Be mindful that at the 2019 tax rates someone who exceeds the income limit for Roth IRA contributions is in at least the 24% tax bracket. At that rate you’ll owe $1,440 on your $6,000 conversion, but you’ll never pay taxes on that money again if you withdraw it in retirement. That goes for any gains on that money as well. You’ll get the most benefit here if you pay that tax with other money so that you can convert the entire $6,000.
You will not owe a 10% early withdrawal penalty because it isn’t a withdrawal, it’s a conversion. That difference matters.
What About Non-Deductible IRA Contributions?
There is a special situation you should be aware of that will change how your conversion is taxed.
The typical assumption, and the one we made above, is that a contribution to a Traditional IRA is tax-deductible. However, that isn’t always the case. If you are covered an employer’s retirement plan (like a 401k) you may not be able to make tax-deductible traditional IRA contributions.
If you are covered by an employer plan, there is an income test that determines whether you are able to deduct traditional IRA contributions. This is very similar to the income limit rules for Roth IRA contributions, but the limits are different.
For 2019, if you are covered by an employer plan you are not able to deduct traditional IRA contributions if:
- You are married filing jointly and your AGI is $121,000 or more.
- You are single and your AGI is $73,000 or more.
Notice that the deductibility income limits are lower than the Roth IRA contribution income limits. That means if you contribute to a Traditional IRA for the sole purpose of converting it in a year in which you exceed the Roth IRA income limit, you won’t be making a deductible contribution.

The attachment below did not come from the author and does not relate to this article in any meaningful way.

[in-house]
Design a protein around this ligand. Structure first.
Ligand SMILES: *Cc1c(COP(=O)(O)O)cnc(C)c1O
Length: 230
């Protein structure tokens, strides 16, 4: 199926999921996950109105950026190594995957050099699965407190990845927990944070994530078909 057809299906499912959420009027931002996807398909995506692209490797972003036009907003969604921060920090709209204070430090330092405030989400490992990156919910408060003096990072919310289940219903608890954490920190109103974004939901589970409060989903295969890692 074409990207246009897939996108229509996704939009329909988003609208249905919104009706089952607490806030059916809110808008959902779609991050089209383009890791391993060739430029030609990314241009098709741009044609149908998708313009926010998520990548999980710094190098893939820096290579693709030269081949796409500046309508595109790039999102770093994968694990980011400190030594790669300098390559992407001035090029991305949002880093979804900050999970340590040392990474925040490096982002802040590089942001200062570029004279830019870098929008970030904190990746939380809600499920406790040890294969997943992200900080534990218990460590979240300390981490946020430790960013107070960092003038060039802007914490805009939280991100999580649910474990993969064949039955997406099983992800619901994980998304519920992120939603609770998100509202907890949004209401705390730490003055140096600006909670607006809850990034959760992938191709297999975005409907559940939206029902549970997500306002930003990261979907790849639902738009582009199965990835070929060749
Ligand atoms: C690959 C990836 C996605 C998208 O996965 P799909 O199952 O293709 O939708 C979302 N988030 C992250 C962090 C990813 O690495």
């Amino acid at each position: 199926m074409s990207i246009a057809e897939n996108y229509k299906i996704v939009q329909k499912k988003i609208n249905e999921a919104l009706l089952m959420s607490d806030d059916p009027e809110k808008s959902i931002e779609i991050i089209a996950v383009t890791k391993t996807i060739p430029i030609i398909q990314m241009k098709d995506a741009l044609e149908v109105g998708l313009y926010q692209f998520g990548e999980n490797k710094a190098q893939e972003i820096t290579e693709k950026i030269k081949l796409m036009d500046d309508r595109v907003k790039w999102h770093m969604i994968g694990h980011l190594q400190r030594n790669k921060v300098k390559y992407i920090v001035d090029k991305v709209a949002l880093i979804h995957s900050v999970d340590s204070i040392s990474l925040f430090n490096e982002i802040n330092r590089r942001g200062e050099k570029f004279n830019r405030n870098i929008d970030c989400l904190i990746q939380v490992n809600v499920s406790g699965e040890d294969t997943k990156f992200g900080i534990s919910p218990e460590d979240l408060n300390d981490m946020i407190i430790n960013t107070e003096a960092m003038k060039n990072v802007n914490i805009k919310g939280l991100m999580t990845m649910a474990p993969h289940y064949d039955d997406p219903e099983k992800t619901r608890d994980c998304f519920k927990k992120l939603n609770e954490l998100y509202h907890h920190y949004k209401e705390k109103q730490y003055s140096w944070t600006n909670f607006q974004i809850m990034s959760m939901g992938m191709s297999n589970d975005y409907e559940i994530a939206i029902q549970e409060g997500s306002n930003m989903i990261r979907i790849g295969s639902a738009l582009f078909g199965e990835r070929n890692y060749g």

That isn't the case if you AREN'T covered by an employer plan. You can deduct Traditional IRA contributions regardless of your income.
How Are Non-Deductible IRA Conversions Taxed?
If you weren’t able to deduct the contribution, you aren’t taxed on it when you convert it. That is straightforward enough.
However, if you have other IRA’s or there is money already in the IRA you just contributed to, it’s different. The IRS will treat the conversion as though it were prorated from all of you contributions.
For a simple example, assume you made a $6,000 deductible contribution to an IRA last year. This year you make a $6,000 non-deductible contribution.
For simplicity sake, assume no growth in last years account so you have a combined $12,000. Half was deducted, half wasn’t… 50/50.
If you convert $6,000 it will not come entirely from this year’s non-deductible contribution. It will be prorated and treated as though it comes 50/50 from each type of contribution. You’ll owe income tax on the $3,000 that came from your deductible contributions.
Can I Avoid the Tax on the Conversion?
Possibly, you do have a few options. First, if you don’t have any other money in IRA’s then there is nothing to prorate the conversion with. You’ll only have your non-deductible contribution and as previously mentioned it alone isn’t taxed.
If you have other IRA’s, you could possibly roll those into your 401k if your employer allows it. That’s the opposite direction we typically think of rolling but it could make sense in this case in order to avoid paying income tax on the conversion.